The permeability of Maldives border

Under the regulation published on January 26, 2023, any foreigner suspected of smuggling drugs into the Maldives may be sent back without allowing entrance instead of legal measures being taken.

President Ibrahim Mohamed Solih

President Ibrahim Mohamed Solih

While the Maldives holds a picture-perfect image in the tourism industry as one of the most beautiful and luxurious spots for a romantic getaway, there are so many underlying problems that society faces in this country. One of them is the increasing drug problem that continues to get worse as little to no action is taken towards helping the youth or holding people accountable for facilitating this issue.

Even though this is nothing new in Maldivian society, accessibility to drugs has gotten easier throughout the years. Lately, it feels like every other person has a minor drug abuse issue, even when it comes to young teenagers who are yet to understand the negative effects of drug abuse. And while there are several reasons why the drug problem in the Maldives keeps getting worse, causing the youth to turn to drug abuse, part of the biggest downfall in the Maldivian society is the lack of help that is provided to overcome addiction.

On top of receiving little to no help in overcoming addiction and providing rehabilitation, the Maldives drug dealers and traffickers are rarely held accountable. So, going in and out of jail for minor drug-related offences, is an extremely common thing in the country, and it appears that the usage and abuse of drugs in this society is slowly but surely getting normalised.

The Maldives has very strong anti-drug laws that prohibit importing and possession of drugs which carry severe penalties and even life imprisonment, it is extremely common for the legal system in the Maldives to overlook problems rather than deal with them.

While severe punishment may not be the help that people with drug problems need, the failed rehabilitation in the Maldives is also no secret. As the topic surrounding drugs and abuse is so taboo in the country, it is almost overlooked, and while the issue keeps worsening it appears that people in charge of policy and reforms for the betterment of the country, do not want to talk about it.

More often than not, drug-related cases are not dealt with according to what is stated in the Maldivian law. And recently this case was also brought up in a Parliament sitting of the Maldives regarding a case of drug importation being highly dismissed as steps were not taken according to the law.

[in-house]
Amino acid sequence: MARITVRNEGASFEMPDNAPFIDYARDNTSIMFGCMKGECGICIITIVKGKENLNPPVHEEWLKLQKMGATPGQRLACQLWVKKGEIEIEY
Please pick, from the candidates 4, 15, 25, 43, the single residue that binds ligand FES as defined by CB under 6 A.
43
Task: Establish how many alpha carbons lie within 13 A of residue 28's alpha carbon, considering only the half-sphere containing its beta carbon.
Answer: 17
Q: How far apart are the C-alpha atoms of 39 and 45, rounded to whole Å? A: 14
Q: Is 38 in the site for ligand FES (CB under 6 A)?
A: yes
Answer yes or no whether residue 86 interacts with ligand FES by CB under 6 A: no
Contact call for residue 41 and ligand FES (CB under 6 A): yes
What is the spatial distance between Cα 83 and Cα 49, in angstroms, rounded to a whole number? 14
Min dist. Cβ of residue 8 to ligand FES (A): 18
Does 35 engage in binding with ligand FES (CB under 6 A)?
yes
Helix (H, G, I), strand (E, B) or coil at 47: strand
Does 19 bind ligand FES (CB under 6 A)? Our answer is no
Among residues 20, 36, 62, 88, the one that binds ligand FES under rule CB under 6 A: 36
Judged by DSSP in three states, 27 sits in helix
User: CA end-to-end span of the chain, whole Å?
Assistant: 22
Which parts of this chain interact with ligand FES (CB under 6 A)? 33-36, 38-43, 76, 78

The case involved a foreigner travelling through Doha, Qatar getting suspected of trying to import drugs into the Maldives, and upon suspicion, the immigration officers checked for security reasons and verified that the visitor was in fact carrying drugs in their luggage with the intention to import into the Maldives. And while this case should have immediately been dealt with by the Maldivian police and immigration, the case was dismissed and the only punishment faced by the foreigner was deportation back to the country they arrived from.

So why was this case dealt with this way instead of taking action within the Maldives? While the drug laws in the Maldives used to be much stricter and anyone importing drugs had to face legal consequences in the Maldives, as per a new regulation amendment published on January 26, 2023, any foreigner suspected of smuggling drugs into the Maldives may be sent back without allowing entrance.

While drug trafficking is a major issue in most countries, holding severe punishment, with this new regulation it appears that foreigners trying to smuggle drugs into the Maldives get little to no punishment.

This issue raised an emergency motion in the Parliament as Henveiru West MP Hassan Latheef raised this issue urging the Government to remove this new section of the regulation that was brought about on January 26, 2023. Further discussing this issue, the leader of the Jumhoori Party, Qasim Ibrahim also noted that allowing drug traffickers to get away so easily with no punishment is only adding to the worsening condition of Maldivian society and having such regulation is against the Constitution.

"I believe that no rule can be made against the Constitution and the law. And no one should obey an order under a Regulation which is against the Constitution and the law. That is, no matter who the leader is. Somewhere some people are trying to undermine the Constitution or the laws,"
Jumhoori Party leader Qasim Ibrahim

With such regulations being created in a country that is already fighting an uphill battle against drug trafficking and addiction, it seems like such a regulation would only add to the problem. Letting drug traffickers get away easily only shows them that the Maldivian law would let them get away easily, only facilitating the worsening problem in the Maldives.

While it is easy to say the Maldives has an increasing drug problem and blame the youth for it, maybe it is time we all look at how big of a role politicians play in facilitating these problems in the Maldives. Not only does the country treat anyone with a drug problem as a person who deserves little to no rights, but there is also a severe lack of rehabilitation. This means that even if somebody admitted to having a drug issue and wanted to get help, they would not know the first place to go, or who to turn to in order to get the help they need.

But in order to make things worse, this new regulation makes it much easier to import drugs into the Maldives, meaning we might be looking at the drug issue in the Maldives only getting worse. While the law is supposed to work in order to make a country a better and safer place for its citizens, it seems like the Maldivian law is only going backwards.

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